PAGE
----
California’s Camp Fire raged from November 8, 2018, until it was finally contained on November 25, becoming both the deadliest and most destructive wildfire in California history. The fire covered an area of over 153,336 acres and has destroyed over 18,000 structures, including nearly 14,000 single-family homes. Insured damage estimates are currently in the range of $10 billion USD. This, of course, comes on the heels of November’s Woolsey Fire and August’s Mendocino and Carr Fires, among many other, smaller incidents, combining to make 2018 a record year for wildfire destruction in the state.
The loss of more than 100 lives to these fires is tragic. The loss of property, however, was not unforeseen by insurers, who have spent the last few years increasing their risk assessment of area homes to the point that many insurers have deemed large areas of California homes uninsurable. This practice has become so widespread that the state has been forced to become more involved, relying on the California FAIR Plan as a last resort for the now 1 million plus homes deemed wildfire risks.
The risk is so great that area homeowners are now forced into a new normal of rapidly ascending premiums and shrinking coverages. A California Department of Insurance report found that from 2010 to 2016, complaints of residents being dropped by their plans or facing vastly increased premiums had tripled.
The Homeowner’s Expectations
The market may be shifting, but there are still plenty of Californians who have accepted higher rates as the price for keeping the homes they love. While it’s the prerogative of the insurance company to charge what they deem appropriate for their policies, consumers expect responses that are fast, accurate, and fair according to the terms of their policy. And what’s more, consumers are becoming increasingly willing- and able- to voice their dissatisfaction if those expectations are not met.
Catastrophes like the Camp Fire then become a crucial moment for brand loyalty. Fraught with emotion and unsure of the future, creating a positive customer experience in a moment of extreme need can win a customer for life, while mistakes or slights, real or perceived, can lead to a customer airing their displeasure across a myriad of social media outlets. So what constitutes a positive customer experience?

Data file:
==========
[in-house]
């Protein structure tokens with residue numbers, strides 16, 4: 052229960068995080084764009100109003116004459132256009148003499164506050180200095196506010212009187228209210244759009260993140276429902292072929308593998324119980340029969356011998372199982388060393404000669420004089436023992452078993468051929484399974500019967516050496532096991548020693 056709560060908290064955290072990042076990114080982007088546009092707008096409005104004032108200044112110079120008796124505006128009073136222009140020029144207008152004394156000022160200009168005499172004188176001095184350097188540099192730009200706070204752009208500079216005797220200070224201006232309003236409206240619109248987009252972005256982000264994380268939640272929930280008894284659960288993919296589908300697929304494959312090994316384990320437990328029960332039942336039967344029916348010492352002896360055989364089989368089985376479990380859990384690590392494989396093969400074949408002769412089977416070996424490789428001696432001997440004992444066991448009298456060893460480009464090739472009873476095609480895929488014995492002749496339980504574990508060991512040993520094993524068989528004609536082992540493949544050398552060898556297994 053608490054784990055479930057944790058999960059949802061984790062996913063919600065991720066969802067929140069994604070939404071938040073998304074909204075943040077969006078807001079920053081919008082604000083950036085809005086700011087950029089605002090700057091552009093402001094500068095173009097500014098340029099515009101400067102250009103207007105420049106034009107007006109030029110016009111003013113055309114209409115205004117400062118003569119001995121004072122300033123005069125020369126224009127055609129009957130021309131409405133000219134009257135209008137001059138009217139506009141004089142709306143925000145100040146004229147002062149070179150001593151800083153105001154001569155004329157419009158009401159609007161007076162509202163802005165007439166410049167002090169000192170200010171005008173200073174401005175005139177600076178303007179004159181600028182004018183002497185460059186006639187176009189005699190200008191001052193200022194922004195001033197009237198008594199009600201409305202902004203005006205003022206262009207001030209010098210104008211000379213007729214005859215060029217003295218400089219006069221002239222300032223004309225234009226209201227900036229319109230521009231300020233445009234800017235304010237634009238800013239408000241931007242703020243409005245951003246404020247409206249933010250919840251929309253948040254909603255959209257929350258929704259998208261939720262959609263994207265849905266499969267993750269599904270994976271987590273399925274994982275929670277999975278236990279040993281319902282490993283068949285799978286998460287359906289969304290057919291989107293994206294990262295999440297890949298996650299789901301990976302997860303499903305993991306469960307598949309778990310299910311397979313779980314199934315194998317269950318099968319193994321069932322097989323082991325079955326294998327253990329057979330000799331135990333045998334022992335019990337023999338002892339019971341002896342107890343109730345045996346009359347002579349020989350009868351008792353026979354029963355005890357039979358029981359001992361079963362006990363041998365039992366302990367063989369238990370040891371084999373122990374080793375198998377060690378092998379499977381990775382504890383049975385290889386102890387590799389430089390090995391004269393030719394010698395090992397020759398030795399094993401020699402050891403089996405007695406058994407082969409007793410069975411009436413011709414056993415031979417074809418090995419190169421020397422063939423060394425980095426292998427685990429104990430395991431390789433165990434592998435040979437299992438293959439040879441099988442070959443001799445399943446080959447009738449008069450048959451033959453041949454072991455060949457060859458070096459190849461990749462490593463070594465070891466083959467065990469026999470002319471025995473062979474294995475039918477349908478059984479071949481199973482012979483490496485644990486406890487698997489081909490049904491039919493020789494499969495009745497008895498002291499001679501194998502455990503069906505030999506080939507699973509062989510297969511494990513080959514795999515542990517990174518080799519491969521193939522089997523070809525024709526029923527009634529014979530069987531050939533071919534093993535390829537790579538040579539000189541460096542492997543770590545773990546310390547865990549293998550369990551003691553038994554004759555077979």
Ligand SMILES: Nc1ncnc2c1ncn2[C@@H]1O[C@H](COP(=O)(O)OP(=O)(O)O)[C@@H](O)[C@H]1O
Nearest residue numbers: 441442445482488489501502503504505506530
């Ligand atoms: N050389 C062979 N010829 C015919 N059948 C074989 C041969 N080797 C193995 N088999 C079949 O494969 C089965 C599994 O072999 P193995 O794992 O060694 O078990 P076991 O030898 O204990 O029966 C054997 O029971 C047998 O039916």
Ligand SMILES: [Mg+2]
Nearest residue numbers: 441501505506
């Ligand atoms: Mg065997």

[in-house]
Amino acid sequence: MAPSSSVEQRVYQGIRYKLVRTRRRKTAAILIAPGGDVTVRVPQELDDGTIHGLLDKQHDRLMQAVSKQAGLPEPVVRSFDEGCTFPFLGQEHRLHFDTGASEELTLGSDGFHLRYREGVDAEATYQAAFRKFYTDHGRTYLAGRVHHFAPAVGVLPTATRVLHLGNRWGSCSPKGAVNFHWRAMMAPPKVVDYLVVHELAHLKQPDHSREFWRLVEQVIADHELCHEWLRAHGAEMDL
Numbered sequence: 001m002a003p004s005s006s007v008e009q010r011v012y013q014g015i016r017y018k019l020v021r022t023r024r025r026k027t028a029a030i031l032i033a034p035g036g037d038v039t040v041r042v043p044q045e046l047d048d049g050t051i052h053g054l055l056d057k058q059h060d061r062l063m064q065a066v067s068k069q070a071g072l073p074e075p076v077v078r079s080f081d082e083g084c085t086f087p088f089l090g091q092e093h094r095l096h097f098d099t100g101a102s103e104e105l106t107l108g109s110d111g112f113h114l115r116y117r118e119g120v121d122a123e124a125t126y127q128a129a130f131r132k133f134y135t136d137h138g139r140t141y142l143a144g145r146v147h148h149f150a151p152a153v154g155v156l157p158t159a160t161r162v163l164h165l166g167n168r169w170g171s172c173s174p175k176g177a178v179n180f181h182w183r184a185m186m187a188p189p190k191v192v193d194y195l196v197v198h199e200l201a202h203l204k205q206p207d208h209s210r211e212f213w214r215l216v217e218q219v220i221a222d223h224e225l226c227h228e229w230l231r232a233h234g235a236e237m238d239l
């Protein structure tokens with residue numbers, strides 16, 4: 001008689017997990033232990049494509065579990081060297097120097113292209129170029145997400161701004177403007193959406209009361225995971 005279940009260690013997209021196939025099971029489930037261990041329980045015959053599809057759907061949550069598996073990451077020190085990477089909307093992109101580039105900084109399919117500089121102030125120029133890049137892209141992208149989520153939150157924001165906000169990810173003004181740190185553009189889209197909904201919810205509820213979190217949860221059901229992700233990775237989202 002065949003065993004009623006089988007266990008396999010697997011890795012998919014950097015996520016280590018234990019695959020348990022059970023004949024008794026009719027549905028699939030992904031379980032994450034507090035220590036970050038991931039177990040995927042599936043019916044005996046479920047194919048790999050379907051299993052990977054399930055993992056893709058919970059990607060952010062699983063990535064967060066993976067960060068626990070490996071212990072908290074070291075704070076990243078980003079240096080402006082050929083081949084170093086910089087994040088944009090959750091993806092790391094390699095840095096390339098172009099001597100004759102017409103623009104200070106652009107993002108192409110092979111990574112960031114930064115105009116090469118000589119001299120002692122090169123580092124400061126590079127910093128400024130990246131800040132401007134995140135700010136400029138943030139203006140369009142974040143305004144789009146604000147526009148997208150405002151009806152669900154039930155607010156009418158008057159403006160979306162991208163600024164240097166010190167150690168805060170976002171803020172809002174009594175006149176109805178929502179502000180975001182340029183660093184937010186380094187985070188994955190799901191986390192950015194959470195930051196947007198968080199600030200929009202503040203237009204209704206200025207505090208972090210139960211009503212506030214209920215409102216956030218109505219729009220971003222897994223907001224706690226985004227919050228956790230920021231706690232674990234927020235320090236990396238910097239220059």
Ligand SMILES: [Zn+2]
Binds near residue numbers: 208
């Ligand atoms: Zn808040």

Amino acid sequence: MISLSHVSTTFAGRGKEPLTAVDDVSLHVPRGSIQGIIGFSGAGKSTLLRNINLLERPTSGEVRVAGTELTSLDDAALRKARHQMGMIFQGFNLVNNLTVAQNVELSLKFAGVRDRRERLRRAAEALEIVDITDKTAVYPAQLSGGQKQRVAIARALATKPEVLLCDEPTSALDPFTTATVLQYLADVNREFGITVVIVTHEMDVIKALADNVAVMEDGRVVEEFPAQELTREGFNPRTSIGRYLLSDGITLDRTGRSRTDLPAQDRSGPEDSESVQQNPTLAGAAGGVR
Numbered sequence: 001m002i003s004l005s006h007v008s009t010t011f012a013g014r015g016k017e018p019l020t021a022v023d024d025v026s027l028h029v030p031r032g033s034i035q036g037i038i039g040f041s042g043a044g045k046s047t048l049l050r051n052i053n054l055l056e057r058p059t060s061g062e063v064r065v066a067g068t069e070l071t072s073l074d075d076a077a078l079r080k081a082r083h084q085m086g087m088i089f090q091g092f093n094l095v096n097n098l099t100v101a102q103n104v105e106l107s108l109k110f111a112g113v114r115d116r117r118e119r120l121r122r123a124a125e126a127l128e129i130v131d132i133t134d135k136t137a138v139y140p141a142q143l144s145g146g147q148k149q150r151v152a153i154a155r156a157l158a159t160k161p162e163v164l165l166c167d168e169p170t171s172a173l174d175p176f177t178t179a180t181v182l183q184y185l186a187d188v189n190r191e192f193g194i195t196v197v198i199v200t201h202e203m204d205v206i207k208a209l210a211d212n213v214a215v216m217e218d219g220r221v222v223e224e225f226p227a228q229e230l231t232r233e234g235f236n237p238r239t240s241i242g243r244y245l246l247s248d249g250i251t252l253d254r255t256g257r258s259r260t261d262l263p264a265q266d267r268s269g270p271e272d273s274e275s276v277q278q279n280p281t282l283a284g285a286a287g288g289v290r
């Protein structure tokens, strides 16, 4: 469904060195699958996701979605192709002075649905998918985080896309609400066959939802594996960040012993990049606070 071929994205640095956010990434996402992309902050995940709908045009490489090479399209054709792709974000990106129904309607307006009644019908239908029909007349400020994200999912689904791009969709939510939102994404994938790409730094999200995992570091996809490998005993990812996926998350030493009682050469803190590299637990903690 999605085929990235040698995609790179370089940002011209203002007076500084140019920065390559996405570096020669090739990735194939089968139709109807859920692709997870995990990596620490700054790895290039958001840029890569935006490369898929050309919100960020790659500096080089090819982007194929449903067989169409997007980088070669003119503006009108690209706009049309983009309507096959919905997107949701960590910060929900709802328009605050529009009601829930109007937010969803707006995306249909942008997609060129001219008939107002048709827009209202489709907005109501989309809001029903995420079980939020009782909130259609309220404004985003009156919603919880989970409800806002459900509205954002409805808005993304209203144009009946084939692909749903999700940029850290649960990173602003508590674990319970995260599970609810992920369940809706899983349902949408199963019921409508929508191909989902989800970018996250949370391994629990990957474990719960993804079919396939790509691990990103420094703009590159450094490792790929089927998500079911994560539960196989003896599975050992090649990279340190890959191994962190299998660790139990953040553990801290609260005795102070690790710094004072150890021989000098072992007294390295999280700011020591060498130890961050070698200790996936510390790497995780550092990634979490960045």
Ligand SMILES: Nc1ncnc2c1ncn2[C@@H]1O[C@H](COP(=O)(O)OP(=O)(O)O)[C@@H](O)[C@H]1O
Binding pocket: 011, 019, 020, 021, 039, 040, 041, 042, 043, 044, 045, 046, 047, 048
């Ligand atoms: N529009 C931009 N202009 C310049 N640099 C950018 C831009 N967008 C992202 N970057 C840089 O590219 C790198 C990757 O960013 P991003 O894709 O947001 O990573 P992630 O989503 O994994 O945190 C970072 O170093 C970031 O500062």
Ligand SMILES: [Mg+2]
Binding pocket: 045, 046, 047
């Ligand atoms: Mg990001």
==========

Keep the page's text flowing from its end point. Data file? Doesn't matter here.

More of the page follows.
J.D. Power and Associates recently released a pulse study that measured policyholder satisfaction following the Michael and Florence hurricanes from earlier this year. Companies as a whole performed well: 87 percent of respondents stated that their insurance company had met or exceeded their expectations.
Chief among policyholder concerns was the communication from their insurance company. Opinions on communication provided a strong correlation to satisfaction, and again, those numbers were fairly impressive: 90 percent of policyholders reported being contacted by their insurance company for assistance, and 79 percent reported that their insurance had fully detailed their coverage options prior to the hurricane.
Consumers expected prompt, clear, and consistent contact, and showed they were prepared to reward those companies who performed well. Seventy-eight percent of customers who indicated they were “delighted” with their insurer’s post-catastrophe service claimed they will continue to purchase from the same insurer; that number dropped all the way to five percent for customers who were “displeased.”